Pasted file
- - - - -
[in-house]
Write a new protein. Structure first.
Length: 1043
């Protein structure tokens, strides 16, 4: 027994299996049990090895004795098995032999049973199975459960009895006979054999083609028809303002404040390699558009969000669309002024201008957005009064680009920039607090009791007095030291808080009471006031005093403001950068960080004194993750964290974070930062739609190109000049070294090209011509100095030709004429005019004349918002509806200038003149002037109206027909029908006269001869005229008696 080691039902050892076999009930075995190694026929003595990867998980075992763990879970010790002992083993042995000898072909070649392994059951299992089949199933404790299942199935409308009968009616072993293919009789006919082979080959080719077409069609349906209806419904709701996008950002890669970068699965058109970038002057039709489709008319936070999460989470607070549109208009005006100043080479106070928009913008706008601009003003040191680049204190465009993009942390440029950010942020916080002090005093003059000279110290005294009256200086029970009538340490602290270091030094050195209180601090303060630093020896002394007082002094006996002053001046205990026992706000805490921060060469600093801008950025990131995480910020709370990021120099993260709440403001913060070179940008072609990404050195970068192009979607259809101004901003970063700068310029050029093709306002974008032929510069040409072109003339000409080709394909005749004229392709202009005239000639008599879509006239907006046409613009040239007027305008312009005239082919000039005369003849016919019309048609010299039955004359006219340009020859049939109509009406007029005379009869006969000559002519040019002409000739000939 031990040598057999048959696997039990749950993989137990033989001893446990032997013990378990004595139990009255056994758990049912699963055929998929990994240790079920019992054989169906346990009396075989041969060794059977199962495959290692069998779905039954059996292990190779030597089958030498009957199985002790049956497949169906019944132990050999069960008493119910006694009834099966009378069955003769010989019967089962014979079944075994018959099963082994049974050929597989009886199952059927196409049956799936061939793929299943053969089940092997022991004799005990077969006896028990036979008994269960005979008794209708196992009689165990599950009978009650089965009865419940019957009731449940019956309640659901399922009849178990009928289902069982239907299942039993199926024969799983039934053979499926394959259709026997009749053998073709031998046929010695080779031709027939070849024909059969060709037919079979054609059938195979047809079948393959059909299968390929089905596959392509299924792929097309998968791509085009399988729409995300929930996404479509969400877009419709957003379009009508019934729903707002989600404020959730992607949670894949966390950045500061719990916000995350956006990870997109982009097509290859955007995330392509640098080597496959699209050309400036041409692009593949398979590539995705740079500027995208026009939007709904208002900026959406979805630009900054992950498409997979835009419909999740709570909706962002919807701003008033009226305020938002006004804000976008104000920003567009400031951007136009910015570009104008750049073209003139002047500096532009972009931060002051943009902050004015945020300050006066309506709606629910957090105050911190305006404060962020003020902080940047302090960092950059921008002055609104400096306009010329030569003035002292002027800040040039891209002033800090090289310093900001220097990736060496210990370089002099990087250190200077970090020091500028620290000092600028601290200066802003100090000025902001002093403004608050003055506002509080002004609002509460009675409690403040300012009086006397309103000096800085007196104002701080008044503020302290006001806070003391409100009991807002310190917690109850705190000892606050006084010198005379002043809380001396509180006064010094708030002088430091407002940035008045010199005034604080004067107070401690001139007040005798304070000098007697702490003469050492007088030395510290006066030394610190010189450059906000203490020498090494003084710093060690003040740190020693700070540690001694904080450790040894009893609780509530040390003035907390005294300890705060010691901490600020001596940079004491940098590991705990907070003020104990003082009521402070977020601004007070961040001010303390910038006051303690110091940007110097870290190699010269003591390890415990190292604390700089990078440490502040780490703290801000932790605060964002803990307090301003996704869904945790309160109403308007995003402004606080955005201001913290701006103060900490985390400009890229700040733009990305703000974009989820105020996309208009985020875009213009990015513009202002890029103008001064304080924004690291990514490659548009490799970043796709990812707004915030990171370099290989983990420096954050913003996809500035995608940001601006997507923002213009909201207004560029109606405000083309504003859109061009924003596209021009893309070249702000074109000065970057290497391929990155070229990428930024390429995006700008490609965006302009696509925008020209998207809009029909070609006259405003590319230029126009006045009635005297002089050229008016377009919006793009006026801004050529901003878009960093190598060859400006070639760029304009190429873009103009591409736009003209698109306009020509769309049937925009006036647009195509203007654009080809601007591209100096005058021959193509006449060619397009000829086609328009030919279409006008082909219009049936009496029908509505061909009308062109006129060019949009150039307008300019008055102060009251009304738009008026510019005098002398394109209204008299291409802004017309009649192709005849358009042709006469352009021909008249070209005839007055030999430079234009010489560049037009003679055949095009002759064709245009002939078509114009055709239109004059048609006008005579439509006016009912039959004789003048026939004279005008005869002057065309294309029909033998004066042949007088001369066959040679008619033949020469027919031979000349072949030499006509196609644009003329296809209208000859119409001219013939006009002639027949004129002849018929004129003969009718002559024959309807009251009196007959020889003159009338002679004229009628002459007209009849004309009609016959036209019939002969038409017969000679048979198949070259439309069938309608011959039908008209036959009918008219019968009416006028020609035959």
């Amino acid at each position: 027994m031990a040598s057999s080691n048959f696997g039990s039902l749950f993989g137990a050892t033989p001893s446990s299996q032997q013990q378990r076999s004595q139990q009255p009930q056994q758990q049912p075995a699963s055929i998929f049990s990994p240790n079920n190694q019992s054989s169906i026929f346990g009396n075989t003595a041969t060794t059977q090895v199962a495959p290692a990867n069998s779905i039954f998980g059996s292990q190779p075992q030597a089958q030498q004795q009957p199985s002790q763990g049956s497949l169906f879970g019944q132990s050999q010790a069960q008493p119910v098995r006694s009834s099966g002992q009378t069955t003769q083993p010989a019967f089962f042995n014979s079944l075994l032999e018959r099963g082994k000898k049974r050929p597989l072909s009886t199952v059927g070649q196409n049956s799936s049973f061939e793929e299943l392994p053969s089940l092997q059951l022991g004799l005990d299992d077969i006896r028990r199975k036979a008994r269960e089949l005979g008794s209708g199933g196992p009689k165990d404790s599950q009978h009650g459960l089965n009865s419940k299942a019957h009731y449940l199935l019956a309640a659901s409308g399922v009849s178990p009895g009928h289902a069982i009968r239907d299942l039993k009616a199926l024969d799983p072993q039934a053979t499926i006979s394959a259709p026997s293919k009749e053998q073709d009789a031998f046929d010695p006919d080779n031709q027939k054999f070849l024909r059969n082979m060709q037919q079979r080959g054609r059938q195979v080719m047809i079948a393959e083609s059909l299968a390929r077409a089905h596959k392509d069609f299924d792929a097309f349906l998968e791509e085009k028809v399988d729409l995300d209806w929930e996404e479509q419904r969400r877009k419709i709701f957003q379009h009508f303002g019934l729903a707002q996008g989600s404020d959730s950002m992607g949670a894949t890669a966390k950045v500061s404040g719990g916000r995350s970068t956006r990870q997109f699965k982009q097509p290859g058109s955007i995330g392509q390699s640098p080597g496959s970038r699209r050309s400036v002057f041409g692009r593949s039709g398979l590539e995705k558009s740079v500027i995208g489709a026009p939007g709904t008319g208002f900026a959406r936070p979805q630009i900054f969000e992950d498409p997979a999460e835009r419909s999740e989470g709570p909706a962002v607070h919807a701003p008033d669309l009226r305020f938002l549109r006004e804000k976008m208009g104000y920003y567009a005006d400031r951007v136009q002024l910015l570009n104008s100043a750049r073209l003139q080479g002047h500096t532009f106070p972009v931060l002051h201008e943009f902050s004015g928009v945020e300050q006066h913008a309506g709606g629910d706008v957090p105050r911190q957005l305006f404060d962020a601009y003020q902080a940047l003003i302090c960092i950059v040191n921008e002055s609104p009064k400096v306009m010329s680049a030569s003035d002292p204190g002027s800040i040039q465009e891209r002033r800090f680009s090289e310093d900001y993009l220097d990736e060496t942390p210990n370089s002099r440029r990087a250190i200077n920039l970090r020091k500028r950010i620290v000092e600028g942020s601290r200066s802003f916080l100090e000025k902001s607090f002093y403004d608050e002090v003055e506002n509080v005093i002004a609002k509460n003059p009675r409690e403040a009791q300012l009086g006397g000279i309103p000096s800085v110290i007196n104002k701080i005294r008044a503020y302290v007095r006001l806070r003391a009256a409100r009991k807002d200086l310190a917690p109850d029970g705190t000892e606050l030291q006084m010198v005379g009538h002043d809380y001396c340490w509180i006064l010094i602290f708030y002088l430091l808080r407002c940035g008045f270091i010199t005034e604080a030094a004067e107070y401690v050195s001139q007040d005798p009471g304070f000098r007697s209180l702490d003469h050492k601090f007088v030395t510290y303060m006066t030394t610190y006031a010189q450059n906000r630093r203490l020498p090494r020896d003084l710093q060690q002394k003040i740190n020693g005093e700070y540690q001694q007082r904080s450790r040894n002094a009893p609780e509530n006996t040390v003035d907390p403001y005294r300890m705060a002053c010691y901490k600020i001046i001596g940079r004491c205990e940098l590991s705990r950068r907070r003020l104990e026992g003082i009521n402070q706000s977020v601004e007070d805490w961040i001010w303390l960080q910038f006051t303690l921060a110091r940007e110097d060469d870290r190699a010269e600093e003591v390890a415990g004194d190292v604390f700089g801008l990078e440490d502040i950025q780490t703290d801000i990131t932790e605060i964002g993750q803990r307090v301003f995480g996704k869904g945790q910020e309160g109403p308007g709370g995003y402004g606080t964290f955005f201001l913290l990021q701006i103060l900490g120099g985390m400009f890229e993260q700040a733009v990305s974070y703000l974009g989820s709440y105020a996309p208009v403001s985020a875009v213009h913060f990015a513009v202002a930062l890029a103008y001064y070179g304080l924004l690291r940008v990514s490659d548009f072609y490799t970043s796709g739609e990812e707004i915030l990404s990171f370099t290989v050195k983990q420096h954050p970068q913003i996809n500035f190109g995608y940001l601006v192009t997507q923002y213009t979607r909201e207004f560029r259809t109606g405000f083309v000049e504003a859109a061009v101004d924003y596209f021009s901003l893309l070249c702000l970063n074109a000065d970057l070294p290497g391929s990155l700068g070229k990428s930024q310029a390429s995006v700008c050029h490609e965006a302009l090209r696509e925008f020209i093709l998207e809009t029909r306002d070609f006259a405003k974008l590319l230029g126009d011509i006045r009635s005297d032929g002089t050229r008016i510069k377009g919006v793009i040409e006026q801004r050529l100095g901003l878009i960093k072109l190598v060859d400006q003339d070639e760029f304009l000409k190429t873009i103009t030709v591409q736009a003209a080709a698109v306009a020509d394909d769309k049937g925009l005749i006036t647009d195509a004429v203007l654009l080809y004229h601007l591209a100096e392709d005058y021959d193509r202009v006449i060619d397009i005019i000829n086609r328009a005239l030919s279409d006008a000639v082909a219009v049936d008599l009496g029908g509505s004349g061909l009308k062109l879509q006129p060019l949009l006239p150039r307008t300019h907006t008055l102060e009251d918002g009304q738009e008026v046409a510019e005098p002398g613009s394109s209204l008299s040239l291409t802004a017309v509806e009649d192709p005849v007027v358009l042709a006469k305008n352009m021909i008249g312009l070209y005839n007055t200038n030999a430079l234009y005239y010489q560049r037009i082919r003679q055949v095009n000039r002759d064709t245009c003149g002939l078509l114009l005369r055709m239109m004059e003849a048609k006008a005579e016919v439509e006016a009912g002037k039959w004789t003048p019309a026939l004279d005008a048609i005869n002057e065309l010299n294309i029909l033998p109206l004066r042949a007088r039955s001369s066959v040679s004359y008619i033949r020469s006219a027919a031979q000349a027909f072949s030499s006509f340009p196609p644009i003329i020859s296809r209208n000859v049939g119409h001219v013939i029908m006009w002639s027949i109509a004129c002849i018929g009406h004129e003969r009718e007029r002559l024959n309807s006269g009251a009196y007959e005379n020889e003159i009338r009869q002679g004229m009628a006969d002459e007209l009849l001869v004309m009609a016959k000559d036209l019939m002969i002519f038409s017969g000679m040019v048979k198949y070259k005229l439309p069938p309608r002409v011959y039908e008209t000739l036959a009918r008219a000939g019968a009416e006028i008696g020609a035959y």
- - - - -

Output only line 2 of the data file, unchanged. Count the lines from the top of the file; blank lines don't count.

Write a new protein. Structure first.